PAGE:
Statistical analyses

The results were analyzed using Epidata analysis. Data were expressed as the median and range or mean ± standard deviation (SD) and 95% confidence interval (95% CI), when necessary. The statistical significance of the various associations was calculated using the χ2 test. The difference was significant when the P value was < 0.05.

Ethical approval

This study was approved by the Ethics Committee of our institution. All patients had given their informed consent prior to enrollment in this study.


  Results Top


The study included 150 patients with SSc (139 women and 11 men) with a median age of 45.12 ± 13.59 years and a mean disease duration ( first non-Raynaud symptom) of 9.7 ± 8.47 years. Of these patients, 5 patients were classified as having limited SSc, 103 (69%) as having limited cutaneous SSc and 42 (28%) as having diffuse cutaneous SSc.

Joint involvement was characterized by arthralgia in 95 (63%) patients, arthritis in 60 (40%), and flexion contractures in 78 (52%) patients. Anti-CCP antibodies were found in the serum of 14 (9%) patients with SSc. The main demographic, clinical and laboratory characteristics of these patients are shown in [Table 1].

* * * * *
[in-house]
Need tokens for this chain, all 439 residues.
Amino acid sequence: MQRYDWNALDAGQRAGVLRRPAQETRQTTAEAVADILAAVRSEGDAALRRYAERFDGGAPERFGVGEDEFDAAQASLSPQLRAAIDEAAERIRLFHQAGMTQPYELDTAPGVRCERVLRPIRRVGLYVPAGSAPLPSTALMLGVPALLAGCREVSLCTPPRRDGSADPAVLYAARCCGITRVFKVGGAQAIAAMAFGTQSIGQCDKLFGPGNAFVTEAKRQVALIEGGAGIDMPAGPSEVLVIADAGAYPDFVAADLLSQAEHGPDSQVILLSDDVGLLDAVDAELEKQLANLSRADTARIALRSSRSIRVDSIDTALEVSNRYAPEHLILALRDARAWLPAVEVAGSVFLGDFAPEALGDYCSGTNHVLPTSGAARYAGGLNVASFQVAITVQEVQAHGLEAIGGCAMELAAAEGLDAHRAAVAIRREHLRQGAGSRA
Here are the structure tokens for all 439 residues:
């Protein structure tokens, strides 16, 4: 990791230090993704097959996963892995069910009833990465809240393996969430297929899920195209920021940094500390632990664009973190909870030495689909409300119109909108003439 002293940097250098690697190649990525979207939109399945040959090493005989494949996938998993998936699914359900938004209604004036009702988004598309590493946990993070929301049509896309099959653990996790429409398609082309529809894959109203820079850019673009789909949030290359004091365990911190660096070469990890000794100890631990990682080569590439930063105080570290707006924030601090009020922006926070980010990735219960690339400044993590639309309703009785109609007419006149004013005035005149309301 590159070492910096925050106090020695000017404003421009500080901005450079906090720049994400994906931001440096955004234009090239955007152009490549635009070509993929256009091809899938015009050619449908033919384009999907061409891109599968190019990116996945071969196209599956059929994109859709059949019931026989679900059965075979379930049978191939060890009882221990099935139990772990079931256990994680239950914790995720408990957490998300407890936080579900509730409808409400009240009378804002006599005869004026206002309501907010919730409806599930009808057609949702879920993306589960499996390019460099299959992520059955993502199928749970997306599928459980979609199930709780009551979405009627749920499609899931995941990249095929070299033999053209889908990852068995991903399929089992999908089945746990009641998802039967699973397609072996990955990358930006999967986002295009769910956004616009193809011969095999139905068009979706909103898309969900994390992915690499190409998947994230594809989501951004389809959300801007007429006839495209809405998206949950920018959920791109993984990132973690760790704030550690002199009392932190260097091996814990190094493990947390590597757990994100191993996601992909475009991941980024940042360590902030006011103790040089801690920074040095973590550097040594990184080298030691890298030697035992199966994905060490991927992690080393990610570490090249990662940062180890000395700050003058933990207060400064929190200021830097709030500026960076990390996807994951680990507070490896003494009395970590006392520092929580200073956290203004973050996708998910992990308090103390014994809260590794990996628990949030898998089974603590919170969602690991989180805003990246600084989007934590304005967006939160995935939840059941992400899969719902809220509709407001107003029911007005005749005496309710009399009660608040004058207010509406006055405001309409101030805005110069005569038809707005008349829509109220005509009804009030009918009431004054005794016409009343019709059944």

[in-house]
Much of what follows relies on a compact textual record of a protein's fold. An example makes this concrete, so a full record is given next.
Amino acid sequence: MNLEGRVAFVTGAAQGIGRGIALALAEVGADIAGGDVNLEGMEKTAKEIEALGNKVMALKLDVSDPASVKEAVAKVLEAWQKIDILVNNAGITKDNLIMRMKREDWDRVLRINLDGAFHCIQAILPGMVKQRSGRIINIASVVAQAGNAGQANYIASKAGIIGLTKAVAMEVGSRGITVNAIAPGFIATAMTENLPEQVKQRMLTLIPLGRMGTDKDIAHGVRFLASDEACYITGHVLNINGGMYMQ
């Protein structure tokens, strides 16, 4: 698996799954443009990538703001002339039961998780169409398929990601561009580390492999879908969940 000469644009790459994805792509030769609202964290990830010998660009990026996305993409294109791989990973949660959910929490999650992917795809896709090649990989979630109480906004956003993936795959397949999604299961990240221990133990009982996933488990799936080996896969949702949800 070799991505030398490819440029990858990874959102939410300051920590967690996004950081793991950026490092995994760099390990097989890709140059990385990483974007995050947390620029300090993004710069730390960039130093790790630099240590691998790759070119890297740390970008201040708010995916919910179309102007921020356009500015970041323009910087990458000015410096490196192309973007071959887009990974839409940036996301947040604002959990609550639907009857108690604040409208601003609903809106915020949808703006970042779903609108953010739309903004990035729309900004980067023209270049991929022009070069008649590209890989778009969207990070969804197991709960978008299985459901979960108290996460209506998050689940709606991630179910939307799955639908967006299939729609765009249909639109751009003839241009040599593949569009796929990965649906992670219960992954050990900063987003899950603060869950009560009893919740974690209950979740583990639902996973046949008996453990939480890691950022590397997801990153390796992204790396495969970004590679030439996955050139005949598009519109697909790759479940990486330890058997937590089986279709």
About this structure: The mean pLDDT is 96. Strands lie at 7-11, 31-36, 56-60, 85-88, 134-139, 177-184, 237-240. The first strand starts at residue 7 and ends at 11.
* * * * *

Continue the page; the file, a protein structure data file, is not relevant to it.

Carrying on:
Table 1: Main clinical and laboratory characteristics of systemic sclerosis patients

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Radiographic findings

Articular and extra-articular radiographic changes were found in SSc patients. Digital tuft resorption was observed in 58 (39%) cases, and subcutaneous calcinosis was observed in 28 (19%) cases. Juxtaarticular osteoporosis was found in 79 (53%) patients, and marginal erosions and joint space narrowing were observed in 14 (9%) patients.

Ultrasonography findings

Erosions were found in 7 (5%) patients with normal radiographic findings.

Comparison of patients with and without arthritis

Among the 150 patients examined, 60 had arthritis. There was no significant difference between patients with and without arthritis with regard to the presence of digital ulcers, skin, lung, heart and kidney involvement. Anti-CCP antibodies were present in 10 patients with arthritis and in 4 patients without arthritis (P = 0.01). The main demographic, clinical and laboratory characteristics of these patients are shown in [Table 2].